Nehemiah 13

The Word Made Fresh

1On that day they read to the people from the book of Moses, and it was found written that no Ammonite or Moabite should ever enter the assembly of God, 2because they did not meet Israel with bread and water but hired Balaam to curse them, though God had turned the curse into a blessing. 3When the people heard the reading they separated themselves from all those of foreign descent.

4Some time before this the priest Eliashib, who was related to Tobiah, was in charge of the storage rooms in God’s temple. 5He prepared a large room for Tobiah, a room where previously the grain offering, frankincense, containers with the tithes of grain, wine, and oil were set apart for the Levites, singers, and gatekeepers, and also the offerings for the priests.

6This was going on when I was not in Jerusalem because in the thirty-second year of King Artaxerxes of Babylon I had gone to meet with the king. After I had been there for some time, I asked for permission to 7return to Jerusalem, and that is when I discovered that Eliashib had prepared a room for Tobiah in the courts of the temple of God. 8I was angry and had all of Tobiah’s furnishings thrown out. 9I gave orders to clean the whole area, and I had all the containers of grain and frankincense brought back.

10I also discovered that the Levites had not been given their allowances, and they and the singers who had performed their services had returned to their fields. 11I gathered the officials together and protested. “Why is the house of God abandoned?” I asked them. And I returned them to their stations. 12Then all the people of Judah brought their tithes of grain, wine, and oil to the storehouses. 13I appointed the priest Shelemiah, the scribes Zadok and Pedaiah of the Levites, and as their assistant Hanun son of Zaccur son of Mattaniah; they were to serve as treasurers whose responsibility was to distribute the proper wages to their associates. 14Remember me, O my God, and do not allow the good things I have done for the house of my God to be erased.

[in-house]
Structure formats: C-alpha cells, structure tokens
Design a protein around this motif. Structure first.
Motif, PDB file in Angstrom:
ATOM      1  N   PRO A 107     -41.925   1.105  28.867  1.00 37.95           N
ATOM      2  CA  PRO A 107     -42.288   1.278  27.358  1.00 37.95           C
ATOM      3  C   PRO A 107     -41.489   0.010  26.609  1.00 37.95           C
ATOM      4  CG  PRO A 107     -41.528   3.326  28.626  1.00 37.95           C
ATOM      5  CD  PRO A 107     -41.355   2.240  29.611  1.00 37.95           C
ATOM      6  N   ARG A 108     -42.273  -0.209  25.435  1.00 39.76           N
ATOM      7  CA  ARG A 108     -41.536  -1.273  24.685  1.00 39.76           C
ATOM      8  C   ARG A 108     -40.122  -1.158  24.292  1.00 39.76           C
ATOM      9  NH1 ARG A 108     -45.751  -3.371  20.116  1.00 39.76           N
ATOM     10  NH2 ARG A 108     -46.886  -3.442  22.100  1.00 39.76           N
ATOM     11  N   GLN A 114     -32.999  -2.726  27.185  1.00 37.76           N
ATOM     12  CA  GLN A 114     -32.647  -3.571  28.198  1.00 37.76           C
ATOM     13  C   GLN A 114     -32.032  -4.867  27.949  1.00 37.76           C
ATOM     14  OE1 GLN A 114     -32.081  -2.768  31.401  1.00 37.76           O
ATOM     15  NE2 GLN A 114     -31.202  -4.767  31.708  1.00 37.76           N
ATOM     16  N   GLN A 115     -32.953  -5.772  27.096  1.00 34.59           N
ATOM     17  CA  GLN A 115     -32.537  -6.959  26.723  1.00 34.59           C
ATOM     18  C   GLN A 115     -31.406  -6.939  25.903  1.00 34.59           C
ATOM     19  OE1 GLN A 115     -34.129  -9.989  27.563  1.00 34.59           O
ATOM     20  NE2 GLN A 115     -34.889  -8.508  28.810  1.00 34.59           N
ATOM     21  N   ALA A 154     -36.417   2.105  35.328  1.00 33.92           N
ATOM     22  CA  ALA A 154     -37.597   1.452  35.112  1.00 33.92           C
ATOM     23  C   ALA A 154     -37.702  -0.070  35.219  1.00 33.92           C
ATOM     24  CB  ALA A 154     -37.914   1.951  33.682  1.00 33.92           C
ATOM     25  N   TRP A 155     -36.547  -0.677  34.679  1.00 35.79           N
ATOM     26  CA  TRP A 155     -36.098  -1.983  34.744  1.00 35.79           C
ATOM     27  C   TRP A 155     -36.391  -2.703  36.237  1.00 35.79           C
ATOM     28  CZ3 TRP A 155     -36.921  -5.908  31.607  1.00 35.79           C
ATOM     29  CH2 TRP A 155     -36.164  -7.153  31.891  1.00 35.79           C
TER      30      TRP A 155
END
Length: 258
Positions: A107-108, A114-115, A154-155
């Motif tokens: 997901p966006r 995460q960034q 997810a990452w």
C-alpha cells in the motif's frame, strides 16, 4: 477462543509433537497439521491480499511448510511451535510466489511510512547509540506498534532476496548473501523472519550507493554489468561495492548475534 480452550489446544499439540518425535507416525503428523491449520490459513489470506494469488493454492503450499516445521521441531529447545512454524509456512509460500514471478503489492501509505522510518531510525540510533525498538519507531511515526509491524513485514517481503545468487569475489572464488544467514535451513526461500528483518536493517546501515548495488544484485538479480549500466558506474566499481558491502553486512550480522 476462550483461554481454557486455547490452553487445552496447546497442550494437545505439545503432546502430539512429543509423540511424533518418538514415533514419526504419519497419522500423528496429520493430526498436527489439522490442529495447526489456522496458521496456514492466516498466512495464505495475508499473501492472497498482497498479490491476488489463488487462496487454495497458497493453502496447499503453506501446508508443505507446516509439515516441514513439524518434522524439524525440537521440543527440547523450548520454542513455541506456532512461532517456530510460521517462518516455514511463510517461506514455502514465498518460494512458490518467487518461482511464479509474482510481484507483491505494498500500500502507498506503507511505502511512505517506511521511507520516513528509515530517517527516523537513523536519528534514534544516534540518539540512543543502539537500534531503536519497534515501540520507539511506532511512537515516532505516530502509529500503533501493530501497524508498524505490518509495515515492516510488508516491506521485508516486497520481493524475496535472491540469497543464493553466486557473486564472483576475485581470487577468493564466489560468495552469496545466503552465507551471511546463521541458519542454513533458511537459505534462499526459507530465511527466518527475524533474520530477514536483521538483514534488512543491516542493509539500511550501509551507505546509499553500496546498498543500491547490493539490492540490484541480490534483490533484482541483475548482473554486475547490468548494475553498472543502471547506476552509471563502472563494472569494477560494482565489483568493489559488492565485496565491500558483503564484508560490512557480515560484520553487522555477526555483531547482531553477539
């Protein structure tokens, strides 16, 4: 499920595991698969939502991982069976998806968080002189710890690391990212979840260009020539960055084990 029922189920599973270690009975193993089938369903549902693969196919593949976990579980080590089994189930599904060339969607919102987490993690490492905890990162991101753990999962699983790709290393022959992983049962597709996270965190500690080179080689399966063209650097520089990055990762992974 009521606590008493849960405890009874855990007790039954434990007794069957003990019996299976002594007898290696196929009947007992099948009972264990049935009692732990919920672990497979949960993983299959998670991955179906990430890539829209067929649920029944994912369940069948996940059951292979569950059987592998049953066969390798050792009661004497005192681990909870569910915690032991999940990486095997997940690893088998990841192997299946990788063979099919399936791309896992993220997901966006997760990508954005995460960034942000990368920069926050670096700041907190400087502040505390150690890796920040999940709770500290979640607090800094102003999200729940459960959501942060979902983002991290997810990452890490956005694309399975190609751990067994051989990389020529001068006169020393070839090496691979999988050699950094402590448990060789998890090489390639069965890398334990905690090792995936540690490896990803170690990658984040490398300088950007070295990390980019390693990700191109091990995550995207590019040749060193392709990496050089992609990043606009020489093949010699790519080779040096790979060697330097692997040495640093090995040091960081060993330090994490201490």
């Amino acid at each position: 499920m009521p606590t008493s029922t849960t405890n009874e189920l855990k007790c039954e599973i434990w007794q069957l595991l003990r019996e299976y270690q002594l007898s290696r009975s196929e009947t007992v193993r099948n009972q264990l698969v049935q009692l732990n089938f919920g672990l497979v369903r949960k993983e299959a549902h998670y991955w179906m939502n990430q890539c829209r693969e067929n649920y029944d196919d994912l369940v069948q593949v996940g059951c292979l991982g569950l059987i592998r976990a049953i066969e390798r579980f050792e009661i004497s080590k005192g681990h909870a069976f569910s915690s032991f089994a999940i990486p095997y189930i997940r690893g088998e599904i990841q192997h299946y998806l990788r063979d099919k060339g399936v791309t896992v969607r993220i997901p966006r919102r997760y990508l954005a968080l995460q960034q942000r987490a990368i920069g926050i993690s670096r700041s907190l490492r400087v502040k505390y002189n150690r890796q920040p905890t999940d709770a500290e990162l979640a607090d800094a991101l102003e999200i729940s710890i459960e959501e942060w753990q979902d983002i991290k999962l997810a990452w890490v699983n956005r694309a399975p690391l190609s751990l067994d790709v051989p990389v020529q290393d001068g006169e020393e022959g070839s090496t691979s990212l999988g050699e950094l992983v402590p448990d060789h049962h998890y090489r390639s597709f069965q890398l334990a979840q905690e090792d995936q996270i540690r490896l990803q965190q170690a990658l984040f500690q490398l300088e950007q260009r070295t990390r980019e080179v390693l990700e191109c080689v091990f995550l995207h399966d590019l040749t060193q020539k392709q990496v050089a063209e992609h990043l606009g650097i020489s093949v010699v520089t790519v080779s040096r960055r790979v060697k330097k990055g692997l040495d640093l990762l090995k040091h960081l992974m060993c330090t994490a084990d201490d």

15Back then I saw people in Judah treading wine presses on the sabbath and bringing into Jerusalem piles of grain on donkeys along with wine, grapes, figs, et cetera, on the sabbath. I warned them against selling these things. 16There were also Tyrians who lived in the city, who brought in fish and all sorts of things and sold them on the sabbath to the people of Judah and in Jerusalem. 17I confronted the leaders of Judah and said, “What is this wickedness you are allowing to desecrate the sabbath? 18Didn’t God bring all this disaster on us and on the city, because your ancestors acted in this way? You will invite more of God’s wrath in Israel by desecrating the Sabbath!”

19So, I ordered the gates of Jerusalem to be closed as soon as it was dark when the sabbath began and gave orders that the gates should not be reopened until the sabbath had ended. I appointed some of my own associates to guard the gates and stop anything being brought into the city on the sabbath day. 20Then the merchants and traders spent the night outside Jerusalem once or twice, 21but I warned them not to spend the night in front of the wall. I threatened to arrest them if they continued doing so. After that they stopped coming on the sabbath. 22I ordered the Levites to cleanse themselves and guard the gates to keep the sabbath day sacred. Remember this in my favor, O God, and protect me with the might of your steadfast love.

23In those days I also saw Jews married to women of Ashdod, Ammon and Moab. 24Half their children spoke Ashdodite and other various languages and weren’t able to speak Hebrew. 25I confronted them and cursed them and beat some of them and pulled out their hair. I made them swear in God’s name that they would not give their daughters in marriage to foreigners, nor allow their sons to marry foreign girls. 26“Didn’t King Solomon of Israel sin because of such women? There was no king like him among all the nations, and God loved him and made him king over all Israel, but still his foreign wives steered even him to sin. 27Why then should we allow you to do this great evil against our God by marrying foreign women?”